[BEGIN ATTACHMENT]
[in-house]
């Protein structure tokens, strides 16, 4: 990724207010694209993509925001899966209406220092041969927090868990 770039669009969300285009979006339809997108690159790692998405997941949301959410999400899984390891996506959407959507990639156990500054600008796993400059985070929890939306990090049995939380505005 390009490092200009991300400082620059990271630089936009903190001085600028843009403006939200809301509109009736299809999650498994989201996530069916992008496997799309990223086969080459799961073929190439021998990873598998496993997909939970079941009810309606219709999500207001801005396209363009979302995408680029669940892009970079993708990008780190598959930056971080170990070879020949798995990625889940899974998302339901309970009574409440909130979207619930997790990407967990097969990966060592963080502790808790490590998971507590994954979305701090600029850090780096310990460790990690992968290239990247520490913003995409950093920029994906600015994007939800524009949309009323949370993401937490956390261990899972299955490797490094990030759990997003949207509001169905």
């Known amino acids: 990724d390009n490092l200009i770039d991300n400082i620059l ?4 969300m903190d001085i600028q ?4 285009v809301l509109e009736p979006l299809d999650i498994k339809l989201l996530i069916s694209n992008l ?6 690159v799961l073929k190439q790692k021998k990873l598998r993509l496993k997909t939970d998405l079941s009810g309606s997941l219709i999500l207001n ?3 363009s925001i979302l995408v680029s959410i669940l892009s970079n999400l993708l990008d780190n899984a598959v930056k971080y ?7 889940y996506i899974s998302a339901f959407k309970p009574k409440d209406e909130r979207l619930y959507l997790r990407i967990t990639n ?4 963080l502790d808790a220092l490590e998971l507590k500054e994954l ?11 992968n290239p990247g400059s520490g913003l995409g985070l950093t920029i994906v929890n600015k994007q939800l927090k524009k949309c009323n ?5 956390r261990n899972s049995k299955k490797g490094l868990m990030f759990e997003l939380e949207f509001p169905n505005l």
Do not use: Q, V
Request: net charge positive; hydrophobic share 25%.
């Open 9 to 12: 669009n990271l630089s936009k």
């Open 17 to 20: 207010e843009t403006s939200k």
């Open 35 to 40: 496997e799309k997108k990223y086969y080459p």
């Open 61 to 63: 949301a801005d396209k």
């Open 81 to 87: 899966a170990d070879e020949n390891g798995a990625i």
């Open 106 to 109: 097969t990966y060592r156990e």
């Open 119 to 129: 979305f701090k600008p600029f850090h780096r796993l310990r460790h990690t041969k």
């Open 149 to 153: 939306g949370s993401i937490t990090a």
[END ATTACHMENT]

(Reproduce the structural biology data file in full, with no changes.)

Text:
[in-house]
């Protein structure tokens, strides 16, 4: 990724207010694209993509925001899966209406220092041969927090868990 770039669009969300285009979006339809997108690159790692998405997941949301959410999400899984390891996506959407959507990639156990500054600008796993400059985070929890939306990090049995939380505005 390009490092200009991300400082620059990271630089936009903190001085600028843009403006939200809301509109009736299809999650498994989201996530069916992008496997799309990223086969080459799961073929190439021998990873598998496993997909939970079941009810309606219709999500207001801005396209363009979302995408680029669940892009970079993708990008780190598959930056971080170990070879020949798995990625889940899974998302339901309970009574409440909130979207619930997790990407967990097969990966060592963080502790808790490590998971507590994954979305701090600029850090780096310990460790990690992968290239990247520490913003995409950093920029994906600015994007939800524009949309009323949370993401937490956390261990899972299955490797490094990030759990997003949207509001169905």
């Known amino acids: 990724d390009n490092l200009i770039d991300n400082i620059l ?4 969300m903190d001085i600028q ?4 285009v809301l509109e009736p979006l299809d999650i498994k339809l989201l996530i069916s694209n992008l ?6 690159v799961l073929k190439q790692k021998k990873l598998r993509l496993k997909t939970d998405l079941s009810g309606s997941l219709i999500l207001n ?3 363009s925001i979302l995408v680029s959410i669940l892009s970079n999400l993708l990008d780190n899984a598959v930056k971080y ?7 889940y996506i899974s998302a339901f959407k309970p009574k409440d209406e909130r979207l619930y959507l997790r990407i967990t990639n ?4 963080l502790d808790a220092l490590e998971l507590k500054e994954l ?11 992968n290239p990247g400059s520490g913003l995409g985070l950093t920029i994906v929890n600015k994007q939800l927090k524009k949309c009323n ?5 956390r261990n899972s049995k299955k490797g490094l868990m990030f759990e997003l939380e949207f509001p169905n505005l």
Do not use: Q, V
Request: net charge positive; hydrophobic share 25%.
């Open 9 to 12: 669009n990271l630089s936009k």
């Open 17 to 20: 207010e843009t403006s939200k």
């Open 35 to 40: 496997e799309k997108k990223y086969y080459p």
């Open 61 to 63: 949301a801005d396209k």
């Open 81 to 87: 899966a170990d070879e020949n390891g798995a990625i």
């Open 106 to 109: 097969t990966y060592r156990e």
């Open 119 to 129: 979305f701090k600008p600029f850090h780096r796993l310990r460790h990690t041969k």
């Open 149 to 153: 939306g949370s993401i937490t990090a």